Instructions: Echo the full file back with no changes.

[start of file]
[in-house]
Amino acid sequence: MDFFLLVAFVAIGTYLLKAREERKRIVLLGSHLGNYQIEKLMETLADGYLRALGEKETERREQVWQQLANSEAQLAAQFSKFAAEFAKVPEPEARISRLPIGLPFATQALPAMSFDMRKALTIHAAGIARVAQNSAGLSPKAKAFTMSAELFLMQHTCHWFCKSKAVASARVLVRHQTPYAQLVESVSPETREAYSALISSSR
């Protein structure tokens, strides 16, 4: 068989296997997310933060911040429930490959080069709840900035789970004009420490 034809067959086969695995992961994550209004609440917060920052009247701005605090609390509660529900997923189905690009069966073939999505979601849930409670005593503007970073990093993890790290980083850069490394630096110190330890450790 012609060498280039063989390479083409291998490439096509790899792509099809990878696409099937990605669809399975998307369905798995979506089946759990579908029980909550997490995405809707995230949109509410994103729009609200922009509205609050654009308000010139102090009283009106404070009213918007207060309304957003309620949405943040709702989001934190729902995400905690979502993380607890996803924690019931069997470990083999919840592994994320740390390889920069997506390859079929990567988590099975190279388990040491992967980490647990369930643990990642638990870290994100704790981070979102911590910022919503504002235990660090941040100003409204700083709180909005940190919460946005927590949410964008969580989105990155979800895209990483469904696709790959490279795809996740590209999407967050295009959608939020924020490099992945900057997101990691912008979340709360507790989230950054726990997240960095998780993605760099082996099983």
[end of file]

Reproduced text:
[in-house]
Amino acid sequence: MDFFLLVAFVAIGTYLLKAREERKRIVLLGSHLGNYQIEKLMETLADGYLRALGEKETERREQVWQQLANSEAQLAAQFSKFAAEFAKVPEPEARISRLPIGLPFATQALPAMSFDMRKALTIHAAGIARVAQNSAGLSPKAKAFTMSAELFLMQHTCHWFCKSKAVASARVLVRHQTPYAQLVESVSPETREAYSALISSSR
């Protein structure tokens, strides 16, 4: 068989296997997310933060911040429930490959080069709840900035789970004009420490 034809067959086969695995992961994550209004609440917060920052009247701005605090609390509660529900997923189905690009069966073939999505979601849930409670005593503007970073990093993890790290980083850069490394630096110190330890450790 012609060498280039063989390479083409291998490439096509790899792509099809990878696409099937990605669809399975998307369905798995979506089946759990579908029980909550997490995405809707995230949109509410994103729009609200922009509205609050654009308000010139102090009283009106404070009213918007207060309304957003309620949405943040709702989001934190729902995400905690979502993380607890996803924690019931069997470990083999919840592994994320740390390889920069997506390859079929990567988590099975190279388990040491992967980490647990369930643990990642638990870290994100704790981070979102911590910022919503504002235990660090941040100003409204700083709180909005940190919460946005927590949410964008969580989105990155979800895209990483469904696709790959490279795809996740590209999407967050295009959608939020924020490099992945900057997101990691912008979340709360507790989230950054726990997240960095998780993605760099082996099983």